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The Exomars Climate Sounder (EMCS) Investigation

By F. Forget, J. T. Schofield, D. M. Kass, A. Kleinböhl, D. J. Mccleese, M. A. Allen, M. C. Foote, E. Millour, A. Spiga, O. Talagrand, S. B. Calcutt, P. G. J. Irwin, P. L. Read, S. R. Lewis, T. Fouchet, Franck Lefèvre, Anni Määttänen, J. R. Barnes, S. W. Bougher, R. M. Haberle, M. Jeganathan and N. Bowles

Abstract

The ExoMars Climate Sounder (EMCS) investigation is developed at the Jet Propulsion Laboratory (Principal Investigator J. T. Schofield) in collaboration with an international scientific team from France, the United Kingdom and the USA. EMCS plans to map daily, global, pole-to-pole profiles of temperature, dust, water and CO2 ices, and water vapor from the proposed 2016 ExoMars Trace Gas Orbiter (EMTGO). These profiles are to be assimilated into Mars General Circulation Models (MGCMs) to generate global, interpolated fields of measured and derived parameters such as wind. Sciences objectives of EMCS are to: Enhance understanding of Mars photochemistry by providing daily, global, high vertical resolution fields of atmospheric state, aerosol distribution, and water vapor concentration. EMCS atmospheric state measurements, combined with data assimilation, characterize the transport, sources and sinks of trace gases measured by the proposed EMTGO. The aerosol measurements reveal the heterogeneous photochemical pathways of trace gases. EMCS plans to map water vapor, the key source gas for odd hydrogen, known to be important in Martian photochemistry. Extend the MRO/MCS climatology of high vertical resolution measurements of the lower and middle atmosphere of Mars, with the improved coverage of local time provided by the proposed EMTGO. EMCS will determine the diurnal, seasonal & long-term variability of temperature and aerosol, and its impact on photochemistry. EMCS climatology, combined with earlier data, would relate EMTGO observations to earlier trace gas measurements. Support future Mars missions with measured climatology and near real-time density profile retrievals for landing and aerocapture, in the same way that MRO/MCS supported the Phoenix landing and is supporting the Mars Science Laboratory (MSL) landing. EMCS could be the only instrument in orbit able to support Entry, Descent and Landing (EDL) for the proposed ExoMars 2018 Rover Mission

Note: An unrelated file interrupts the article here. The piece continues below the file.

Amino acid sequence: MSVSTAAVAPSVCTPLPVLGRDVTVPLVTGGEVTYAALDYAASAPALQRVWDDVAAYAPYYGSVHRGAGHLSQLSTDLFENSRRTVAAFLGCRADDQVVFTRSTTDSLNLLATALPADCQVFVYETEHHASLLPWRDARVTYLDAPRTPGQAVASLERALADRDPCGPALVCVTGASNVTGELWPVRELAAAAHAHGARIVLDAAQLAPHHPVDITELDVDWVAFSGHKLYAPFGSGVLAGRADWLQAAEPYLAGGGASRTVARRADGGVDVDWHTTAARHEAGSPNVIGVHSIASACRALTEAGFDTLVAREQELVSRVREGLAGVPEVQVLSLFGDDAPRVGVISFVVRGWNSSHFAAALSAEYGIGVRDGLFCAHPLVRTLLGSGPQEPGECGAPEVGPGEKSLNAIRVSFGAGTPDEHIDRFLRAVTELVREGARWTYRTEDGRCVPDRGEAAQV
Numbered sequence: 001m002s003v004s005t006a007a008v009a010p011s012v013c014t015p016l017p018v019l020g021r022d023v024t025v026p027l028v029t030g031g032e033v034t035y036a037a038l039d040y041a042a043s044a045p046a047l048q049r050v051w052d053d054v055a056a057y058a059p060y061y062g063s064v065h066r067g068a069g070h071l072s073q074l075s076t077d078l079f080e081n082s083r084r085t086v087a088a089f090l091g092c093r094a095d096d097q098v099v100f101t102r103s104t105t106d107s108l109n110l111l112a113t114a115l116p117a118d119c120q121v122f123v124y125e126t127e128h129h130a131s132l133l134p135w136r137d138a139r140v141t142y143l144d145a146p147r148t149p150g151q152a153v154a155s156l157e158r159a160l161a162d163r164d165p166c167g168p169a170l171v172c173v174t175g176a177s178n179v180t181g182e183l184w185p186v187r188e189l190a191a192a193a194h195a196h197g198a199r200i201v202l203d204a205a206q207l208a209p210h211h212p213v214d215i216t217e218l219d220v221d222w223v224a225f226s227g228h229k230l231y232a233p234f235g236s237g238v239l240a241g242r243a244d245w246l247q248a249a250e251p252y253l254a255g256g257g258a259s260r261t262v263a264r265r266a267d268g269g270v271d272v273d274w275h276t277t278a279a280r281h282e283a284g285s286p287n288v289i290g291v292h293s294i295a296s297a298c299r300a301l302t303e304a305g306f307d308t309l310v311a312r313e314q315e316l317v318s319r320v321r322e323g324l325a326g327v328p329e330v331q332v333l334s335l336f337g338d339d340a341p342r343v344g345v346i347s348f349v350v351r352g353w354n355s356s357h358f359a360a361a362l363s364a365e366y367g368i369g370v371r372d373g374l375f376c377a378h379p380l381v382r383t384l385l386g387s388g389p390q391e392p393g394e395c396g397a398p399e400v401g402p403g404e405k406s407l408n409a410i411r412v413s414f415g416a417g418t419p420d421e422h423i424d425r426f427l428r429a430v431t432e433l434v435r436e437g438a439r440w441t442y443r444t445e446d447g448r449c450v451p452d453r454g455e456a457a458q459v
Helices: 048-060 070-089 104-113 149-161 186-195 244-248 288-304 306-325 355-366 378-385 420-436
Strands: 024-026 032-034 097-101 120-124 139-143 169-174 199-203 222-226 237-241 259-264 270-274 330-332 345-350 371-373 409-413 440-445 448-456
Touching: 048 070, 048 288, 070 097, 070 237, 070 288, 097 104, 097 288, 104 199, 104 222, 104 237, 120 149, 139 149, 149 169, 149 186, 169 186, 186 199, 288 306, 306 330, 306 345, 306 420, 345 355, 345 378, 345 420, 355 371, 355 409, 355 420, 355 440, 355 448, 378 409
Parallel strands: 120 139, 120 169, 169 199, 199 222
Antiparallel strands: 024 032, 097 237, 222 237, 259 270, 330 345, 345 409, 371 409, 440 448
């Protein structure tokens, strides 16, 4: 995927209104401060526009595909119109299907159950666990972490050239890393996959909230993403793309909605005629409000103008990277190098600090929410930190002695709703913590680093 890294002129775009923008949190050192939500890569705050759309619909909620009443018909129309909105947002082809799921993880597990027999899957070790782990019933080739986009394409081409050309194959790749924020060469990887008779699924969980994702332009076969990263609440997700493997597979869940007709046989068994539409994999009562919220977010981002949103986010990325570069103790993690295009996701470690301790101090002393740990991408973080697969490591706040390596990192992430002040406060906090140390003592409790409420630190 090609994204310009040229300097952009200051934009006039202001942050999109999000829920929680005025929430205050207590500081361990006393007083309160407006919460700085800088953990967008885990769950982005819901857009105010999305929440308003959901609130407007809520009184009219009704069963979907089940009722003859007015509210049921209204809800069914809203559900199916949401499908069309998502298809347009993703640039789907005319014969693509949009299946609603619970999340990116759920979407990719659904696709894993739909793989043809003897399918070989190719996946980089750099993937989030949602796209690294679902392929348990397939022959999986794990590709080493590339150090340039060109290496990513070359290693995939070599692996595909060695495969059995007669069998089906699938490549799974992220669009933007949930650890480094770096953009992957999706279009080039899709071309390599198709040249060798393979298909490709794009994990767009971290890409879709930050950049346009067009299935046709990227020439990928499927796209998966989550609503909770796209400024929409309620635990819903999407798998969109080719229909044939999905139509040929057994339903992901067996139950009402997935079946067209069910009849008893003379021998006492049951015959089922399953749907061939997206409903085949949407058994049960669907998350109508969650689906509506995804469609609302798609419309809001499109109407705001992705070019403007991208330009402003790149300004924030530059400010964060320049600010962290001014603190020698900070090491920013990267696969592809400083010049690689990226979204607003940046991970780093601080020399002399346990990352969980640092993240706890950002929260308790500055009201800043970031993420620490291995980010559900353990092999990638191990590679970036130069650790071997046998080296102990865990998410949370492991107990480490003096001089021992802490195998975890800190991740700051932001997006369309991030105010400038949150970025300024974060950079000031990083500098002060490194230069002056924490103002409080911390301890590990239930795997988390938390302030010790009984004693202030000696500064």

Topics: [ SDU.ASTR.EP ] Sciences of the Universe [physics]/Astrophysics [astro-ph]/Earth and Planetary Astrophysics [astro-ph.EP], [ PHYS.ASTR.EP ] Physics [physics]/Astrophysics [astro-ph]/Earth and Planetary Astrophysics [astro-ph.EP]
Publisher: HAL CCSD
Year: 2011
OAI identifier: oai:HAL:hal-00768207v1
Provided by: Hal-Diderot
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